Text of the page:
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Teaching Our Kids to Make Good Choices

good choicesChoices make kids feel smart, but choices don’t necessarily make them wise. Sound strange? Well, consider what your day as a parent might look like.

Little Caleb wants you to read him a book. He doesn’t ask; he sweetly says, “Mommy, read me a book.” And because you know reading is an important thing for little Caleb’s mental development, you gladly reach for one.

Caleb doesn’t want that book. He wants the other book you didn’t pick. Still, at least he wants to read, you tell yourself. So, you point to the couch. Caleb flops on the loveseat. You tell yourself that it doesn’t really matter because at least he sat down.

When the book is finished, you ask your precious son what he wants for lunch. He tells you peanut butter and grape jelly. You don’t have grape jelly. You have strawberry.

Caleb doesn’t want strawberry. He wants grape.

That’s when the meltdown begins.

So, what went wrong? In a thousand little moments like these, we’ve allowed our Calebs to become wise in their own eyes. They’ve been trained to assume that they know what’s best. And it’s our fault.

Wisdom Takes Time

Solomon tells his son that wisdom comes—over time—by listening to his father and mother (Proverbs 1:8), but even their instruction ultimately goes back to God giving wisdom (Proverbs 2:6). But you’ll notice something Solomon doesn’t do. He doesn’t give his son choices. He just tells him what to do, with all the subtlety of a dreaded party pooper. Don’t go near that woman. Get some brains. Don’t hang out with losers. (Maybe that’s not exactly the same words he said, but you get the idea.)

Obviously, Solomon’s not going for cool dad of the year. He wouldn’t pass muster in Parenting magazine. And you know what? He doesn’t care. Neither should you.

Wisdom is passed on over time. Children aren’t born with it. They really don’t have the capacity to make good choices until you lay down a moral foundation. And when we give them so many choices at an early age—what to wear, what to eat, what to do—we’re accidentally teaching them something we don’t really want to teach.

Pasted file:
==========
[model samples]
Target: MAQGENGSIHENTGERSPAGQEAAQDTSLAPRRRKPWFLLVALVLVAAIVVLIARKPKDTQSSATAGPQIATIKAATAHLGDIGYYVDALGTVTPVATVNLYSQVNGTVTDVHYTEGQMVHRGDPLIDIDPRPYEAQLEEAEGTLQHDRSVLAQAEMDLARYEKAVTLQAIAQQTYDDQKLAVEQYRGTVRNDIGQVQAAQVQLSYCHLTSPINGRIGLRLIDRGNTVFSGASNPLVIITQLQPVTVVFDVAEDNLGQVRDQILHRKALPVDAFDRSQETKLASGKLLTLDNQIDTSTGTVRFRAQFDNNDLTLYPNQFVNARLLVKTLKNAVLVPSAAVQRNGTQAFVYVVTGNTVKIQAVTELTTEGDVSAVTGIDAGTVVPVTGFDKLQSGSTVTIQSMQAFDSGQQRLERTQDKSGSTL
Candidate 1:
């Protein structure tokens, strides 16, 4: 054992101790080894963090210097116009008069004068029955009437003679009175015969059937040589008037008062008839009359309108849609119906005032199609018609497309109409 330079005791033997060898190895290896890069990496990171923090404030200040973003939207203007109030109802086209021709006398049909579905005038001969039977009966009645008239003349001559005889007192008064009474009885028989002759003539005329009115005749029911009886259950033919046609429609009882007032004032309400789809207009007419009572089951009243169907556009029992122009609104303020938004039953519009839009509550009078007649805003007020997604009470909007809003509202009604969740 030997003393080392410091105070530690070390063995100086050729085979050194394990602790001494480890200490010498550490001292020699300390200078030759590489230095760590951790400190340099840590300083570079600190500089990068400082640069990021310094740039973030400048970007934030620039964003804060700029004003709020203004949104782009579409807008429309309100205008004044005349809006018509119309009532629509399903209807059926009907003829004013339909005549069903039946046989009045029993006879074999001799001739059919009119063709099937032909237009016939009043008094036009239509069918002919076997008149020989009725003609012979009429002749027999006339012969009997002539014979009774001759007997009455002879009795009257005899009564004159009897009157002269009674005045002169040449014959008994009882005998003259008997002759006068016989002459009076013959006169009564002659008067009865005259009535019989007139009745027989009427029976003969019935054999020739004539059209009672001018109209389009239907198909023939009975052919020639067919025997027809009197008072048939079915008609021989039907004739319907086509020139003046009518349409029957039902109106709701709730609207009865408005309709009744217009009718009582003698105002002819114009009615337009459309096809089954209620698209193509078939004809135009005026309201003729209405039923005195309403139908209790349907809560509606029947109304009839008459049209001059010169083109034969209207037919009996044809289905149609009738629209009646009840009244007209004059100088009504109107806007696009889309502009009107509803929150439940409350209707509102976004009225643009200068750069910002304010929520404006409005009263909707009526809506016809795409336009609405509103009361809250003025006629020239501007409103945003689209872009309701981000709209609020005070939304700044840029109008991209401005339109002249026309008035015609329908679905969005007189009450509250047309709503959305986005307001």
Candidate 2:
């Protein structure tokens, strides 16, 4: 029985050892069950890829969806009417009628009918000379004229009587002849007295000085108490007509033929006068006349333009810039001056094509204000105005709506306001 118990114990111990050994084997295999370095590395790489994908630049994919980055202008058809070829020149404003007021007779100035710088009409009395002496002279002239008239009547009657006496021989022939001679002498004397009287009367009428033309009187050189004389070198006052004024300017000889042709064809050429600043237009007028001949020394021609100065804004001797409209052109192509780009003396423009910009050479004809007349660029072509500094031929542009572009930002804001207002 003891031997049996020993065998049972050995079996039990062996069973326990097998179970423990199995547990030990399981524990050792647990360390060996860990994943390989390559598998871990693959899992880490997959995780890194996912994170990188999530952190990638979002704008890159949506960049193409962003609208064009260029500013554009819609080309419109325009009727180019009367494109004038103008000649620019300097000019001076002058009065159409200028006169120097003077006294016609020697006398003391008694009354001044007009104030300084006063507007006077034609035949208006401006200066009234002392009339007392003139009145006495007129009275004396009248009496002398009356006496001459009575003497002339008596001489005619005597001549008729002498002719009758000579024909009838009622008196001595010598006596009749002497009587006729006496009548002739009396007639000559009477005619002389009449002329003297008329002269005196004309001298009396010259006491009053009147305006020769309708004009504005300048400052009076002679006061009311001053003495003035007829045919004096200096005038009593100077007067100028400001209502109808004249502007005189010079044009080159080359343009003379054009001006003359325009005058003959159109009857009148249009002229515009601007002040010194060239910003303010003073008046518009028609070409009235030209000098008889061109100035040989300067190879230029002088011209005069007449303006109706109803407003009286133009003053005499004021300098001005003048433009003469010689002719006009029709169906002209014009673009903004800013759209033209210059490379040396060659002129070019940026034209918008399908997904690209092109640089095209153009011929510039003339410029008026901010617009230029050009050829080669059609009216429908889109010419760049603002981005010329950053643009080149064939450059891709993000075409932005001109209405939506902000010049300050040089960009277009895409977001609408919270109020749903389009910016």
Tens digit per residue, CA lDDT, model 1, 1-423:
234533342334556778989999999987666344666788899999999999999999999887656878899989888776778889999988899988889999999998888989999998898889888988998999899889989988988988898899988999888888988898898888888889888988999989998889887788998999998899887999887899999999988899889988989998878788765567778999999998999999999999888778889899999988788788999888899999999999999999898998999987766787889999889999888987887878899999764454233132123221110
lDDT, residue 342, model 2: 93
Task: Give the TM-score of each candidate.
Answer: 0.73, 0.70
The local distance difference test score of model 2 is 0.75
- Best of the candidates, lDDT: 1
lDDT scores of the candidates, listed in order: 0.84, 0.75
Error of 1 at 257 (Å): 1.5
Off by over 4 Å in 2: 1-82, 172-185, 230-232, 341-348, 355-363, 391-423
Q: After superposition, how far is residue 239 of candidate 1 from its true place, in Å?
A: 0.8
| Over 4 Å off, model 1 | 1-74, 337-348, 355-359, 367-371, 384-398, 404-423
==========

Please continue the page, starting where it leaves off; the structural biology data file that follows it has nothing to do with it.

What’s that? Well, think about it. In our story, Caleb picked the activity; Caleb picked which book to read; Caleb picked where to sit; and Caleb picked what to eat. Who does Caleb think is wise? Caleb. So, when you tell Caleb no about the jelly, you’re not just “laying down the law.” You’re attacking his pride—pride that we parents helped create.

Why It Matters

Decision-making is, more often than not, a moral issue, especially for young children. Letting them have such power means that you’re letting go of some of your authority. Sure, it may seem innocent. But over time, with decision after decision, you’ve ceded all kinds of ground.

And let’s be blunt: young kids aren’t ready for that sort of responsibility. It puffs them up like Veruca Salt in Willy Wonka and the Chocolate Factory. They don’t know how to handle authority yet. They need you to show them how to be wise first.

So, don’t feel “uncool” if you set Caleb’s schedule, pick the book, and give him no say in lunch. Instead, realize that you’re establishing a godly foundation that he can build on. When he’s proven that he respects your authority to make decisions for him (Ephesians 6), then he can gradually enjoy more freedom to decide on his own.

And you’ll keep your sanity as well.

My Love Notes From God




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Categories: Love

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So What Do You Do?

As a man, this is a very familiar question. When men are gathered together, for any occasion, this is the question that is on the lips of every single one of us men. Many ask this question because they are trying to start a conversation, or just trying to be pleasant, but the fact is that every man in this world is being measured by his ability to hold and perform a task that provides for the well-being of his family.

At least that’s the way it used to be, but I think the worlds standards have changed dramatically. We really don’t care anymore if they are providing for the needs of their family, but we, as men, do gain our identities from the position we hold in the market place. In other words, what kind of job we have, where do we work, and what do we do for a living?